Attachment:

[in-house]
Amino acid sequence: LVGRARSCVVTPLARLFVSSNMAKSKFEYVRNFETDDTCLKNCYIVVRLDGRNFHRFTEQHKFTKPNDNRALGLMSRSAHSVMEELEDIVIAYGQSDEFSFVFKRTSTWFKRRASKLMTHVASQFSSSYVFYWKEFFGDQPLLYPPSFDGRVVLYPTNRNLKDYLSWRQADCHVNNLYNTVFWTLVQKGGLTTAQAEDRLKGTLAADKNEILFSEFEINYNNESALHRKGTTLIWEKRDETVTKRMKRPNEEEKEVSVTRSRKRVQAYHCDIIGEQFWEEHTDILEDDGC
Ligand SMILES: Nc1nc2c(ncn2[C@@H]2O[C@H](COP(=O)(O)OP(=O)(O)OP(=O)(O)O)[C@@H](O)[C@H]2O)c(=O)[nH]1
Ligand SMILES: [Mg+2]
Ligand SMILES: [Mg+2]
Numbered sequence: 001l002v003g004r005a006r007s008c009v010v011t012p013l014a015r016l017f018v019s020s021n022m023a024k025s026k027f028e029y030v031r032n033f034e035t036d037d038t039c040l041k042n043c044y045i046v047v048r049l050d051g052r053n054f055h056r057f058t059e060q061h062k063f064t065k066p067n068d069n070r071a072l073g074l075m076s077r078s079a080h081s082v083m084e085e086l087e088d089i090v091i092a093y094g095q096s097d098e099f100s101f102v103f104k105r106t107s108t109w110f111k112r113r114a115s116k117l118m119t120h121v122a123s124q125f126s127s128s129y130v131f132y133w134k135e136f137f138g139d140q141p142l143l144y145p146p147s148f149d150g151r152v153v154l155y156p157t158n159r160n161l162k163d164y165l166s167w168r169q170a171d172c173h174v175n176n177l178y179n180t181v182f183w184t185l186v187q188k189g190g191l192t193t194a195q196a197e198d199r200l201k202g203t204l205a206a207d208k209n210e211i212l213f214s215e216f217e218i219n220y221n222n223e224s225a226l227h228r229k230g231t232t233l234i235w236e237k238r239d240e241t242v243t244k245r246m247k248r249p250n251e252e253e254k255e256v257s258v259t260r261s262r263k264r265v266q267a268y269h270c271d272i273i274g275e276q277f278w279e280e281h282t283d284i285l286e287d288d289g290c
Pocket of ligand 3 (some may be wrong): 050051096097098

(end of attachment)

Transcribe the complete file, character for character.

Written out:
[in-house]
Amino acid sequence: LVGRARSCVVTPLARLFVSSNMAKSKFEYVRNFETDDTCLKNCYIVVRLDGRNFHRFTEQHKFTKPNDNRALGLMSRSAHSVMEELEDIVIAYGQSDEFSFVFKRTSTWFKRRASKLMTHVASQFSSSYVFYWKEFFGDQPLLYPPSFDGRVVLYPTNRNLKDYLSWRQADCHVNNLYNTVFWTLVQKGGLTTAQAEDRLKGTLAADKNEILFSEFEINYNNESALHRKGTTLIWEKRDETVTKRMKRPNEEEKEVSVTRSRKRVQAYHCDIIGEQFWEEHTDILEDDGC
Ligand SMILES: Nc1nc2c(ncn2[C@@H]2O[C@H](COP(=O)(O)OP(=O)(O)OP(=O)(O)O)[C@@H](O)[C@H]2O)c(=O)[nH]1
Ligand SMILES: [Mg+2]
Ligand SMILES: [Mg+2]
Numbered sequence: 001l002v003g004r005a006r007s008c009v010v011t012p013l014a015r016l017f018v019s020s021n022m023a024k025s026k027f028e029y030v031r032n033f034e035t036d037d038t039c040l041k042n043c044y045i046v047v048r049l050d051g052r053n054f055h056r057f058t059e060q061h062k063f064t065k066p067n068d069n070r071a072l073g074l075m076s077r078s079a080h081s082v083m084e085e086l087e088d089i090v091i092a093y094g095q096s097d098e099f100s101f102v103f104k105r106t107s108t109w110f111k112r113r114a115s116k117l118m119t120h121v122a123s124q125f126s127s128s129y130v131f132y133w134k135e136f137f138g139d140q141p142l143l144y145p146p147s148f149d150g151r152v153v154l155y156p157t158n159r160n161l162k163d164y165l166s167w168r169q170a171d172c173h174v175n176n177l178y179n180t181v182f183w184t185l186v187q188k189g190g191l192t193t194a195q196a197e198d199r200l201k202g203t204l205a206a207d208k209n210e211i212l213f214s215e216f217e218i219n220y221n222n223e224s225a226l227h228r229k230g231t232t233l234i235w236e237k238r239d240e241t242v243t244k245r246m247k248r249p250n251e252e253e254k255e256v257s258v259t260r261s262r263k264r265v266q267a268y269h270c271d272i273i274g275e276q277f278w279e280e281h282t283d284i285l286e287d288d289g290c
Pocket of ligand 3 (some may be wrong): 050051096097098